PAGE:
Demand for this soft commodity hasn’t dropped. You’re probably wearing some of it right now. In fact, rapidly growing middle classes from emerging countries such as China, India and Latin America are buying more jeans, t-shirts and hats, reports Money Morning.
Because of the popularity of agriculture, farmers are seeing dollar signs and using their farms for profitable crops such as corn and soybeans, particularly after the ethanol demand put more pressure on these crops.
According to the National Cotton Council, U.S. growers are going to decrease the acres of cotton growing land around 14% less than in 2006, and the 2008 decrease will be lower. Growing demand and decreasing production means cotton is only likely to become a lot more pricey.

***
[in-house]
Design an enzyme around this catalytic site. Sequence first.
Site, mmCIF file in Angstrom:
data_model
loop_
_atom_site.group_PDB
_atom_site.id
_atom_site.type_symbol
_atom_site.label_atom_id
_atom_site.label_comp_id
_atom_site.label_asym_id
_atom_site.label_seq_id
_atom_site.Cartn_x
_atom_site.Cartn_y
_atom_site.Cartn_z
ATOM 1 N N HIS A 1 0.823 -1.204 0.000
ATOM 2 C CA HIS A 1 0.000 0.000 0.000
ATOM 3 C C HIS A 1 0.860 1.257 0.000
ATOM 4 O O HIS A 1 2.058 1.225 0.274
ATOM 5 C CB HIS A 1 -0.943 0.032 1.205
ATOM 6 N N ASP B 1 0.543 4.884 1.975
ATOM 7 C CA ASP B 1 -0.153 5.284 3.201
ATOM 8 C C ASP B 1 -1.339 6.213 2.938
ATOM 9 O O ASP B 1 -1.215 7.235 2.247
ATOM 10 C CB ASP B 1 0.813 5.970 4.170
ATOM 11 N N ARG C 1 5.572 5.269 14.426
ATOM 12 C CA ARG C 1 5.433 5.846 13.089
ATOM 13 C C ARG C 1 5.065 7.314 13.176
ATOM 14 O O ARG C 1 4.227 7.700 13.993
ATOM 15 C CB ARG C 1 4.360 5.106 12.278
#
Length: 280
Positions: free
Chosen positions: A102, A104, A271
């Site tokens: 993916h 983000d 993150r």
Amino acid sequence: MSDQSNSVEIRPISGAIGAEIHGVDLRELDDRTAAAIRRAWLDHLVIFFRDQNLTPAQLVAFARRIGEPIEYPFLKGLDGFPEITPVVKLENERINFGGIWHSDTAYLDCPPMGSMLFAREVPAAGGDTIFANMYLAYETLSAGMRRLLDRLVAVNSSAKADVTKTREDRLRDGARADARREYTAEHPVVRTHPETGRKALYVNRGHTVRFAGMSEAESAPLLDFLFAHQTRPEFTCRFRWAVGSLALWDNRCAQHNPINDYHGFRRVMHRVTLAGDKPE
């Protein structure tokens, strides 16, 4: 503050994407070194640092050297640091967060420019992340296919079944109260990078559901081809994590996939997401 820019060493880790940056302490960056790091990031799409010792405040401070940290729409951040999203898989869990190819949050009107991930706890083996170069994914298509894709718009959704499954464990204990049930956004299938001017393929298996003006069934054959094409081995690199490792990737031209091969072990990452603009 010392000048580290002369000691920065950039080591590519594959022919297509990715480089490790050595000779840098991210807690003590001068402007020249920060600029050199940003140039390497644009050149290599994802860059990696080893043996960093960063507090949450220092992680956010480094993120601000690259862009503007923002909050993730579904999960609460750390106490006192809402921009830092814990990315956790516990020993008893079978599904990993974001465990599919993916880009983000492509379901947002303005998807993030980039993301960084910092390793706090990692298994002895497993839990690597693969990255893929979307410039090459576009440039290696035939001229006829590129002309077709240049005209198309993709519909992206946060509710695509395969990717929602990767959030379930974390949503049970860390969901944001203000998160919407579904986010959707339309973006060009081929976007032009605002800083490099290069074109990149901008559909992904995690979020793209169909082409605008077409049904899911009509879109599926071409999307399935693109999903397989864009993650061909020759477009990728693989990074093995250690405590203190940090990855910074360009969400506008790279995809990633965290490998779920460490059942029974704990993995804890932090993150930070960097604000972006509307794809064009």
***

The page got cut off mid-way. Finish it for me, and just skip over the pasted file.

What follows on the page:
China is wasting no time in back-stocking the resource, and has purchased while cotton is still cheap. China is so serious about cotton that it has created its own cotton futures market.
While the London Stock Exchange has a cotton-specific ETF, most U.S. investors cannot tap into the commodity just yet.
The opinions and forecasts expressed herein are solely those of Tom Lydon, and may not actually come to pass. Information on this site should not be used or construed as an offer to sell, a solicitation of an offer to buy, or a recommendation for any product.